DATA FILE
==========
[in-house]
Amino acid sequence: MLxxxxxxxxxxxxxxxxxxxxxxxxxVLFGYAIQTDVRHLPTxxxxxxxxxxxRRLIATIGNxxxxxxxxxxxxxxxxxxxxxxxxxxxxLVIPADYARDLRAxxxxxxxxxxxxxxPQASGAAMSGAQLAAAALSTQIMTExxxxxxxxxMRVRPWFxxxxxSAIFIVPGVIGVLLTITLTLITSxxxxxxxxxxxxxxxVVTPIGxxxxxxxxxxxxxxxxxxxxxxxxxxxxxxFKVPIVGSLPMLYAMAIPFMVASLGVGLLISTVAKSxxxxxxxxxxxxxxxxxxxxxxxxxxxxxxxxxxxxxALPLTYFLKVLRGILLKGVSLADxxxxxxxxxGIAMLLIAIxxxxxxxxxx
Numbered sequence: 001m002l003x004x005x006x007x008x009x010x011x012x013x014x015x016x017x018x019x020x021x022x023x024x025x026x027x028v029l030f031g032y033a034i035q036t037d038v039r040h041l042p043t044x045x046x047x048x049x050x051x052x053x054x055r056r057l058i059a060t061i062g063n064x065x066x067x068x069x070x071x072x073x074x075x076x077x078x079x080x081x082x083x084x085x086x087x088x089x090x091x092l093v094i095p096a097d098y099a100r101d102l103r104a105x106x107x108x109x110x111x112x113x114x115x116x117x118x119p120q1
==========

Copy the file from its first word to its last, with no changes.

[in-house]
Amino acid sequence: MLxxxxxxxxxxxxxxxxxxxxxxxxxVLFGYAIQTDVRHLPTxxxxxxxxxxxRRLIATIGNxxxxxxxxxxxxxxxxxxxxxxxxxxxxLVIPADYARDLRAxxxxxxxxxxxxxxPQASGAAMSGAQLAAAALSTQIMTExxxxxxxxxMRVRPWFxxxxxSAIFIVPGVIGVLLTITLTLITSxxxxxxxxxxxxxxxVVTPIGxxxxxxxxxxxxxxxxxxxxxxxxxxxxxxFKVPIVGSLPMLYAMAIPFMVASLGVGLLISTVAKSxxxxxxxxxxxxxxxxxxxxxxxxxxxxxxxxxxxxxALPLTYFLKVLRGILLKGVSLADxxxxxxxxxGIAMLLIAIxxxxxxxxxx
Numbered sequence: 001m002l003x004x005x006x007x008x009x010x011x012x013x014x015x016x017x018x019x020x021x022x023x024x025x026x027x028v029l030f031g032y033a034i035q036t037d038v039r040h041l042p043t044x045x046x047x048x049x050x051x052x053x054x055r056r057l058i059a060t061i062g063n064x065x066x067x068x069x070x071x072x073x074x075x076x077x078x079x080x081x082x083x084x085x086x087x088x089x090x091x092l093v094i095p096a097d098y099a100r101d102l103r104a105x106x107x108x109x110x111x112x113x114x115x116x117x118x119p120q1